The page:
The Getty Center in Los Angeles has to be one of the most beautifully designed museum complexes in the world. It sits on a hilltop of the Santa Monica Mountains with views of Los Angeles in one direction and the mountains reaching the Pacific Ocean in the other.
The center opened at the very end of 1997 and it must have been around 1999 or 2000 when I last visited. It was even more beautiful than I remembered it.
The architect was Richard Meier and he used 1.2 million square feet of Italian Travertine to clad the multiple buildings that make up the center's campus. The effect is brightly lit space with light reflecting from the buildings and radiating warmth in the evenings when the air starts to cool.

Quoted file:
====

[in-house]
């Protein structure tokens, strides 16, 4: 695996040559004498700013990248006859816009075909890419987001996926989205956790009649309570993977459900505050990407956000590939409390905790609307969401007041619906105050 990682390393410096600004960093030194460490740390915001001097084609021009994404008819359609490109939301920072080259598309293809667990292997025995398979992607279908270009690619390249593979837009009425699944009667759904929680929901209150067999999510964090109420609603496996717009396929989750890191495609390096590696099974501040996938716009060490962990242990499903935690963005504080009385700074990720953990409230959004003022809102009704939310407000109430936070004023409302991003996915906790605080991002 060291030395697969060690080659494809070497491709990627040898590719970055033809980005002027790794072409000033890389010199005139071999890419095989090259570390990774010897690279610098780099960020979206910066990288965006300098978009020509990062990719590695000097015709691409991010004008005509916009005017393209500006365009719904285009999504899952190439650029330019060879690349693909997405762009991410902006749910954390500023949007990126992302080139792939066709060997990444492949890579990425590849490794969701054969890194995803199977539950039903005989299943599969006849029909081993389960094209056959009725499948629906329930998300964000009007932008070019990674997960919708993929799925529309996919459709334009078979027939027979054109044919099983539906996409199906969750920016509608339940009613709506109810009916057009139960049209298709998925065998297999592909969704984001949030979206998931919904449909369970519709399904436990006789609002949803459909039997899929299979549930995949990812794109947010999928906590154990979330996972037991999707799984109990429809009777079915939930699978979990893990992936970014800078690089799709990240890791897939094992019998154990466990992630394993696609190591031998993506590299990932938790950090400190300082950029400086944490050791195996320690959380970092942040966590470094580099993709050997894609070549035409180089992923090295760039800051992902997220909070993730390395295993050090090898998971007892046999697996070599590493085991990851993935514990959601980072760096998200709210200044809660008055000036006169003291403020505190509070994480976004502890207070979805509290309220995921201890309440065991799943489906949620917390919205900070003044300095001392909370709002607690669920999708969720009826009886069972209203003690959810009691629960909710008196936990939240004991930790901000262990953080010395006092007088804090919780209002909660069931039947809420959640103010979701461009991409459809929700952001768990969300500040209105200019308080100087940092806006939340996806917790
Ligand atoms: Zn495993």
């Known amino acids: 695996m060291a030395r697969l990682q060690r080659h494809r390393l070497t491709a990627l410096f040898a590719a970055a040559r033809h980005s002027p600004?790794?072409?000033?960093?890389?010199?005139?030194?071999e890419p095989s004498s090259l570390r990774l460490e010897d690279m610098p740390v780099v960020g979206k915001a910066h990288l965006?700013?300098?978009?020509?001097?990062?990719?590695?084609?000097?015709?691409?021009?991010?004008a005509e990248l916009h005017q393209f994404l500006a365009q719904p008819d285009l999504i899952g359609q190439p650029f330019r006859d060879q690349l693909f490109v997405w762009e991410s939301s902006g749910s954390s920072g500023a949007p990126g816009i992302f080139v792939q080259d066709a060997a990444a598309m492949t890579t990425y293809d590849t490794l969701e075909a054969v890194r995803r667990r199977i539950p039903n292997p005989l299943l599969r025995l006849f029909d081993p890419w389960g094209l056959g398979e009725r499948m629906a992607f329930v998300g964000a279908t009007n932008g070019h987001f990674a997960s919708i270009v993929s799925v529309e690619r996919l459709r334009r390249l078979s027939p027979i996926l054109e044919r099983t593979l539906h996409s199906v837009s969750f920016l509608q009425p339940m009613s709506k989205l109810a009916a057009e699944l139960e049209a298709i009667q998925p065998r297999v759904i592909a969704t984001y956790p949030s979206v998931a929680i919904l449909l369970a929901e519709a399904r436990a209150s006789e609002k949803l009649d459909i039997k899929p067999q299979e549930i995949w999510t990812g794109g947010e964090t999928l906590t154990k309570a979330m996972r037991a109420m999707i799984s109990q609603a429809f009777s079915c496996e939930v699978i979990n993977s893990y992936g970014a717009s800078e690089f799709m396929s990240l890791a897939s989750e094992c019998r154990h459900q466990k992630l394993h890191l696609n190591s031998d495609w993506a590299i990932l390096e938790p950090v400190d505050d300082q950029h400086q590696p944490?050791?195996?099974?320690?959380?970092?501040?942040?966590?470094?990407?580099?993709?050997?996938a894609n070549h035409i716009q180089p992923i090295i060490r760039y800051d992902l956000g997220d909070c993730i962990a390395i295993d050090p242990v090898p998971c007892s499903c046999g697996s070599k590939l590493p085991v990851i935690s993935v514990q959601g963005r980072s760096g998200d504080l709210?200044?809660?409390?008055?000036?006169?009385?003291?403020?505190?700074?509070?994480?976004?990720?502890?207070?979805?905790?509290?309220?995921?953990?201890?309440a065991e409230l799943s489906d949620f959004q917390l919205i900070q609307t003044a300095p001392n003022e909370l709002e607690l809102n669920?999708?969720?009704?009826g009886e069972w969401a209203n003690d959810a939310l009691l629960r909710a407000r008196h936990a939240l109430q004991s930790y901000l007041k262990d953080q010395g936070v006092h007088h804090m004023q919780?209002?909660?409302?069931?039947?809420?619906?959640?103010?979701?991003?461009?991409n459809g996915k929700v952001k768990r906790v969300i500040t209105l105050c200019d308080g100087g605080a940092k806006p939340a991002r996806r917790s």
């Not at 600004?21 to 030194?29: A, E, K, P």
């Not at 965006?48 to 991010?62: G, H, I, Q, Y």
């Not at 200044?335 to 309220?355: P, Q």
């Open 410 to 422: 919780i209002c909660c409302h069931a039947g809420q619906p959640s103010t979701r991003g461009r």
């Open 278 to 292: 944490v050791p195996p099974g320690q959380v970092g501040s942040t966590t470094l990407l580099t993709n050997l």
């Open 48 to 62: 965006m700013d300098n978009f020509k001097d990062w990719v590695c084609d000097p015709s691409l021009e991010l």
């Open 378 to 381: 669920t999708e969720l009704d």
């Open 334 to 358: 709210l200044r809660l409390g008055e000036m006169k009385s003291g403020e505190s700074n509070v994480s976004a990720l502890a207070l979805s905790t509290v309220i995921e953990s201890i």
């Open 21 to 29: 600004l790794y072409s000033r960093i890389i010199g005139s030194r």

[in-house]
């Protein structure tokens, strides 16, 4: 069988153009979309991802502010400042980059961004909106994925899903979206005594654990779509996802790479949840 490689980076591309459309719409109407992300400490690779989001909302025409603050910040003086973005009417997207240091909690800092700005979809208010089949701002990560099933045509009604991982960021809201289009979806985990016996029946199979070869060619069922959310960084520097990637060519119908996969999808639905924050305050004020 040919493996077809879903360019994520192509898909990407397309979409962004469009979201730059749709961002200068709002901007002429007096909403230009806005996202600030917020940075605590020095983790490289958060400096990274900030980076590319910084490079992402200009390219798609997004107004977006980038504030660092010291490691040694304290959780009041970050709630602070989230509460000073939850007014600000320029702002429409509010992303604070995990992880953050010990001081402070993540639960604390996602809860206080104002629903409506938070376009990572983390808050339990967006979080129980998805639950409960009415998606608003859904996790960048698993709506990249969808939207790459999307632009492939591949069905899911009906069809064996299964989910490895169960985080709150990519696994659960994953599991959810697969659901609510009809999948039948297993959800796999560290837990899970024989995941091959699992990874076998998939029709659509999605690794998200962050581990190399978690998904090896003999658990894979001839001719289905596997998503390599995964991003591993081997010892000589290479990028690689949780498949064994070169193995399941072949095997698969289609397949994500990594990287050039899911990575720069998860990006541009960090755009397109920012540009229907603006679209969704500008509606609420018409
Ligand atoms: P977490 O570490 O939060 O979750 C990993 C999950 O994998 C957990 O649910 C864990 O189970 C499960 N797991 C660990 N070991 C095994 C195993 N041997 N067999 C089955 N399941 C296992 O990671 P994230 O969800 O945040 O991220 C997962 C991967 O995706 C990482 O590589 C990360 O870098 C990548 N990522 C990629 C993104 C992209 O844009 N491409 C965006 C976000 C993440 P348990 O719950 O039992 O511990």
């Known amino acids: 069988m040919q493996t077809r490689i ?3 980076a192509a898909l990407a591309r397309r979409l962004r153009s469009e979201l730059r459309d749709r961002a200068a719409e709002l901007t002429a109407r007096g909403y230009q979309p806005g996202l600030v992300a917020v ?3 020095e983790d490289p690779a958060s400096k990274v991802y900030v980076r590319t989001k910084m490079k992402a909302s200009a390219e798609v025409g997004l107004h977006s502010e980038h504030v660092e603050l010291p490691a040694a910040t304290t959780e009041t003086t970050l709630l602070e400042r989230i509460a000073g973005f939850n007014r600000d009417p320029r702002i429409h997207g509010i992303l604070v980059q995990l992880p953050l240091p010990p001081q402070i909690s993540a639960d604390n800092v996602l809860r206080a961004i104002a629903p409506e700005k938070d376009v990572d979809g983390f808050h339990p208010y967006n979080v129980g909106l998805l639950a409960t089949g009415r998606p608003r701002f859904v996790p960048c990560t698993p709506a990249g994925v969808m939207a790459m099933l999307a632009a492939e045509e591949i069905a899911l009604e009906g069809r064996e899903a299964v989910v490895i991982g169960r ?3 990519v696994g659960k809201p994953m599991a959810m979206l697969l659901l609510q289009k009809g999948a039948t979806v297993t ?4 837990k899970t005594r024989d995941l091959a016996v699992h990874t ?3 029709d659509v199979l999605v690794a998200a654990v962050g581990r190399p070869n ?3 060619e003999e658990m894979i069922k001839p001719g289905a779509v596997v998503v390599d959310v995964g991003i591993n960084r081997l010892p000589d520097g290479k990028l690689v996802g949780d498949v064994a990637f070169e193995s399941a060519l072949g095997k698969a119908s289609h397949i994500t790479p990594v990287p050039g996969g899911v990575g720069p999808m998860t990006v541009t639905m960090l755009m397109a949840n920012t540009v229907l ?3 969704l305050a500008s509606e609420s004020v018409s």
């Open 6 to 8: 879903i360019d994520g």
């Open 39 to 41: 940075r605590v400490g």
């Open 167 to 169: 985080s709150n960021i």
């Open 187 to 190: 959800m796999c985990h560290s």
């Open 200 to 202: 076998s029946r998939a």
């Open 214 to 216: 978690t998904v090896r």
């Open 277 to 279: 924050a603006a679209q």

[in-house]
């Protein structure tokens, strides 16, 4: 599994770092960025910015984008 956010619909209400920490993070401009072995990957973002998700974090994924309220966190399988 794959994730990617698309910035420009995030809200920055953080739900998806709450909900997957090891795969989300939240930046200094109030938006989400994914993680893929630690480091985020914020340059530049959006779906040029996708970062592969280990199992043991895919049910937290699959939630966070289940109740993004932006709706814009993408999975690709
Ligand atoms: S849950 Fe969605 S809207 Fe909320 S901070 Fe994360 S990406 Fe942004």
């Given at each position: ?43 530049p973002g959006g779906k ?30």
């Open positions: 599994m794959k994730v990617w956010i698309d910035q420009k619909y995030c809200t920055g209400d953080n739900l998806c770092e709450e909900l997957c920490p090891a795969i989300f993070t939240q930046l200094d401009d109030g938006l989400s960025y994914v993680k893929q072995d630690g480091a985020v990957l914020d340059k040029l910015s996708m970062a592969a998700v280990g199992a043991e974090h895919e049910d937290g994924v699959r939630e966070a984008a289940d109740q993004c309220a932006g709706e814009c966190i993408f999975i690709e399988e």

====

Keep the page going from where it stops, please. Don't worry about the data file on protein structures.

Everyplace I stood while on the campus seemed to create another spectacular view.
The public spaces in the museum were awash in natural light and even the galleries were naturally lit in a way that protects the art while giving guests the right light for the art on display.
One of my favorite parts was the garden in the center of the complex.
I couldn't wait to make my way down there to explore.
There was a lot to discover in the garden. The path follows a stream and crosses it several times on the way down. I loved the bougainvillea artfully contained within custom rebar trellises shaping them into umbrella-like trees.
The water of the stream makes it way over a waterfall and into the central pond witch contains a beautifully designed labyrinth of green plants.
I could spend all day just admiring the architecture and gardens but, that would mean I'd miss all the wonderful art inside. It's a very good thing that I planned my visit on a day that the Getty Center was open late!